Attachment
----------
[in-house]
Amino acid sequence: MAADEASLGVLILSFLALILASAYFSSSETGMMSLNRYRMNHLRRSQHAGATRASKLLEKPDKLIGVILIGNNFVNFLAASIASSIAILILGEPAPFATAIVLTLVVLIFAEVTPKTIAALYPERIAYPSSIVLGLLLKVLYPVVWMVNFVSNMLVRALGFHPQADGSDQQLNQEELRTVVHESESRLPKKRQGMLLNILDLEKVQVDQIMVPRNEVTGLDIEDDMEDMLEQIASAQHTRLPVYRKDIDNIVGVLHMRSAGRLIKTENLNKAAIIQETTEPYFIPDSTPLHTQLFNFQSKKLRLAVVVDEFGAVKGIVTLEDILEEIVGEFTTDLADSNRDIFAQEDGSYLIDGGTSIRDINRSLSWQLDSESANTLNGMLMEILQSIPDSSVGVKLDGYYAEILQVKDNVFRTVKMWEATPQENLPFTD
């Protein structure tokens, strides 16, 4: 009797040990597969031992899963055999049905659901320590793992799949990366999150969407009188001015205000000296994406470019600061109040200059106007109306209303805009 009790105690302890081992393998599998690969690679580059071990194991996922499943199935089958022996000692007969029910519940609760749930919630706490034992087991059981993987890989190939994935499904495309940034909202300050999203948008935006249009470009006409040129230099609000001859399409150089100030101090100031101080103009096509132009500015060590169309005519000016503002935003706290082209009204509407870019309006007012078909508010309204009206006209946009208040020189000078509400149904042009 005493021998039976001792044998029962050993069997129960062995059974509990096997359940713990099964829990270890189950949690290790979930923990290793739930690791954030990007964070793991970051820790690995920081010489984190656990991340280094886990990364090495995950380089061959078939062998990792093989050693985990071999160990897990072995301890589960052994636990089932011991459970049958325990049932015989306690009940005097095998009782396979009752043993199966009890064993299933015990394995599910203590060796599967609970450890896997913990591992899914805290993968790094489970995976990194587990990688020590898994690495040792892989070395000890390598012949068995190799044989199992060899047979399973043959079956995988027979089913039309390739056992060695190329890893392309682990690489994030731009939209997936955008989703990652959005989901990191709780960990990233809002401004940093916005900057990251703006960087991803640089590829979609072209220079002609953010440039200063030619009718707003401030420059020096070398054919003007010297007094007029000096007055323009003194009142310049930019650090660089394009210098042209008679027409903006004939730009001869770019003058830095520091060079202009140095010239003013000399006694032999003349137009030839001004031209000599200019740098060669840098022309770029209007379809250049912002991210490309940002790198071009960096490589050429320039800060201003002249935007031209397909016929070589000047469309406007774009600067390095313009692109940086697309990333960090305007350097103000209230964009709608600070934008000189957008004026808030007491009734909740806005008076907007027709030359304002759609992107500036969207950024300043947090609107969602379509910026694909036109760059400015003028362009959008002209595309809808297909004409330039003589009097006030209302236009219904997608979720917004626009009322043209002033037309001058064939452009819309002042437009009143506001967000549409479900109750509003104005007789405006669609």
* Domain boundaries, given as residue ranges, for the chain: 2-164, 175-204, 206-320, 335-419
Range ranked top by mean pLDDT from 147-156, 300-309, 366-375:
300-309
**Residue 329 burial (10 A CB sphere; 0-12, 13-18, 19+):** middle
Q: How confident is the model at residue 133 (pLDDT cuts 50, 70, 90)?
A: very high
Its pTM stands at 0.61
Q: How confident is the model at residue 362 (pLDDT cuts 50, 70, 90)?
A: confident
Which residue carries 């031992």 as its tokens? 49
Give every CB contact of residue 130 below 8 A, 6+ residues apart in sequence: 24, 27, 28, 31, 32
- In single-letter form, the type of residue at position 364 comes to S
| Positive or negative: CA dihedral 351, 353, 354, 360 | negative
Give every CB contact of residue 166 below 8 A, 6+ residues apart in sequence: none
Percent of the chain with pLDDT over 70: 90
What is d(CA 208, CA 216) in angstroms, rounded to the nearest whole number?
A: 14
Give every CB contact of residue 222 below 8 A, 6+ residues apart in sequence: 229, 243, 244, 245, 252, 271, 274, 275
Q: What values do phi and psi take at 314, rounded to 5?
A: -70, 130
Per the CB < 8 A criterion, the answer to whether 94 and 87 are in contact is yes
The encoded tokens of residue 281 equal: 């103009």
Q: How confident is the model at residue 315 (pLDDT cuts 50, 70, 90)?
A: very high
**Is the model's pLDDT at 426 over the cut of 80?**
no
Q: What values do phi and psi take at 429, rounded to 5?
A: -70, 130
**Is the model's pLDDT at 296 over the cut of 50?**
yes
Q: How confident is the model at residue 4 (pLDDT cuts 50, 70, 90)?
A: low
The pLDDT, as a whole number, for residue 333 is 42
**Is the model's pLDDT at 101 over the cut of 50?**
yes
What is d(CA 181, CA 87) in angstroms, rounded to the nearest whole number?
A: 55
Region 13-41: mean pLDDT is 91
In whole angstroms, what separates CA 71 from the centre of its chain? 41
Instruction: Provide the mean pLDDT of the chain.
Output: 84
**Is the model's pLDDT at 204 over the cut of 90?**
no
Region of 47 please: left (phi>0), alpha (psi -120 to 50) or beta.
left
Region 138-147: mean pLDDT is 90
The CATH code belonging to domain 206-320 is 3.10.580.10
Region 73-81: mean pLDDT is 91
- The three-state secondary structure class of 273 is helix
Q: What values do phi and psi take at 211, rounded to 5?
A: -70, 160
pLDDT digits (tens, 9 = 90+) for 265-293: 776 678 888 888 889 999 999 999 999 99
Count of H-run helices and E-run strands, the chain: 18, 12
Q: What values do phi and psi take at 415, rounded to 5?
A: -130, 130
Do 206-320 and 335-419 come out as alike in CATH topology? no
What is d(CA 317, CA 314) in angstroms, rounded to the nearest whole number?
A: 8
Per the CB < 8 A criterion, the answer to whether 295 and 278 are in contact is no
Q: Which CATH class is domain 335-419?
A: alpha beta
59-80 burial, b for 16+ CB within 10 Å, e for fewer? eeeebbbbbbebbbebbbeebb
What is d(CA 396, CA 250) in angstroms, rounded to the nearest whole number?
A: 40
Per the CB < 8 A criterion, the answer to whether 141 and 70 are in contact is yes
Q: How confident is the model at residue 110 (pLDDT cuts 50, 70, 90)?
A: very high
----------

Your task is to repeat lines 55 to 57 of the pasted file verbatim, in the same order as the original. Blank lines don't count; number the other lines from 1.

pLDDT digits (tens, 9 = 90+) for 265-293: 776 678 888 888 889 999 999 999 999 99
Count of H-run helices and E-run strands, the chain: 18, 12
Q: What values do phi and psi take at 415, rounded to 5?